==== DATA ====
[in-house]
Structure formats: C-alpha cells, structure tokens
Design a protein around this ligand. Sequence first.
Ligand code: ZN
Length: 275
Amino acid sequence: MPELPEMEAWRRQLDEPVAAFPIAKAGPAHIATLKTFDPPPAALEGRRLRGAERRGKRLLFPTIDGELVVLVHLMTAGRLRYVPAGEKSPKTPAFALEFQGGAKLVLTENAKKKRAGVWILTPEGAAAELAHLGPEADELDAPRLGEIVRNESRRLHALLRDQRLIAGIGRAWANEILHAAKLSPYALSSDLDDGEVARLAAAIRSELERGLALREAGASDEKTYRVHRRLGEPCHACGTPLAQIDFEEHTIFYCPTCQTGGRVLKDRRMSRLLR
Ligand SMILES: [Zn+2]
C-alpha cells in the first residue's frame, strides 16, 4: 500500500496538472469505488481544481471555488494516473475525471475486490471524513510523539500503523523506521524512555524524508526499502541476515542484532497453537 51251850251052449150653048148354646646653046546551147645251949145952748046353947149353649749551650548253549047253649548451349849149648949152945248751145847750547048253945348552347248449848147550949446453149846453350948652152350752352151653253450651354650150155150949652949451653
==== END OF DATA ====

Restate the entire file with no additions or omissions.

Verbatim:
[in-house]
Structure formats: C-alpha cells, structure tokens
Design a protein around this ligand. Sequence first.
Ligand code: ZN
Length: 275
Amino acid sequence: MPELPEMEAWRRQLDEPVAAFPIAKAGPAHIATLKTFDPPPAALEGRRLRGAERRGKRLLFPTIDGELVVLVHLMTAGRLRYVPAGEKSPKTPAFALEFQGGAKLVLTENAKKKRAGVWILTPEGAAAELAHLGPEADELDAPRLGEIVRNESRRLHALLRDQRLIAGIGRAWANEILHAAKLSPYALSSDLDDGEVARLAAAIRSELERGLALREAGASDEKTYRVHRRLGEPCHACGTPLAQIDFEEHTIFYCPTCQTGGRVLKDRRMSRLLR
Ligand SMILES: [Zn+2]
C-alpha cells in the first residue's frame, strides 16, 4: 500500500496538472469505488481544481471555488494516473475525471475486490471524513510523539500503523523506521524512555524524508526499502541476515542484532497453537 51251850251052449150653048148354646646653046546551147645251949145952748046353947149353649749551650548253549047253649548451349849149648949152945248751145847750547048253945348552347248449848147550949446453149846453350948652152350752352151653253450651354650150155150949652949451653